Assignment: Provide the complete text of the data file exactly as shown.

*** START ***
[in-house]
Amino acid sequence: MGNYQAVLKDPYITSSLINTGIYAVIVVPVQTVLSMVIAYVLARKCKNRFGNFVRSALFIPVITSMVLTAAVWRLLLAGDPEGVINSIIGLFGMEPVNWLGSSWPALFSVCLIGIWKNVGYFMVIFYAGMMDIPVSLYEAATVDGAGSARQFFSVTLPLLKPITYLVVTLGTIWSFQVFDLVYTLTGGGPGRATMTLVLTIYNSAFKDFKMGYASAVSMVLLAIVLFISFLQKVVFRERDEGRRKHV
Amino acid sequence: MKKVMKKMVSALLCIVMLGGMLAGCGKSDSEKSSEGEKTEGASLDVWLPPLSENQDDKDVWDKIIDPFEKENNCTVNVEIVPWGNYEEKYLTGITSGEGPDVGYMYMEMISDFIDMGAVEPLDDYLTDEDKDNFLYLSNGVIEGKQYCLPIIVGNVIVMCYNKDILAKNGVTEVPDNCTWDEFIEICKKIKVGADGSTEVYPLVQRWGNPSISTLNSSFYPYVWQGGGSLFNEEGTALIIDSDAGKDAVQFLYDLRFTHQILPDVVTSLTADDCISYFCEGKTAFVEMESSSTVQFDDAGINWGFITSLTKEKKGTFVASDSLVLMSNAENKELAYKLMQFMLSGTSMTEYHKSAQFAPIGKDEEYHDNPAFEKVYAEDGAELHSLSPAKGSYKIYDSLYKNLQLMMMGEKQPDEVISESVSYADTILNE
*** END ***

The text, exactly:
[in-house]
Amino acid sequence: MGNYQAVLKDPYITSSLINTGIYAVIVVPVQTVLSMVIAYVLARKCKNRFGNFVRSALFIPVITSMVLTAAVWRLLLAGDPEGVINSIIGLFGMEPVNWLGSSWPALFSVCLIGIWKNVGYFMVIFYAGMMDIPVSLYEAATVDGAGSARQFFSVTLPLLKPITYLVVTLGTIWSFQVFDLVYTLTGGGPGRATMTLVLTIYNSAFKDFKMGYASAVSMVLLAIVLFISFLQKVVFRERDEGRRKHV
Amino acid sequence: MKKVMKKMVSALLCIVMLGGMLAGCGKSDSEKSSEGEKTEGASLDVWLPPLSENQDDKDVWDKIIDPFEKENNCTVNVEIVPWGNYEEKYLTGITSGEGPDVGYMYMEMISDFIDMGAVEPLDDYLTDEDKDNFLYLSNGVIEGKQYCLPIIVGNVIVMCYNKDILAKNGVTEVPDNCTWDEFIEICKKIKVGADGSTEVYPLVQRWGNPSISTLNSSFYPYVWQGGGSLFNEEGTALIIDSDAGKDAVQFLYDLRFTHQILPDVVTSLTADDCISYFCEGKTAFVEMESSSTVQFDDAGINWGFITSLTKEKKGTFVASDSLVLMSNAENKELAYKLMQFMLSGTSMTEYHKSAQFAPIGKDEEYHDNPAFEKVYAEDGAELHSLSPAKGSYKIYDSLYKNLQLMMMGEKQPDEVISESVSYADTILNE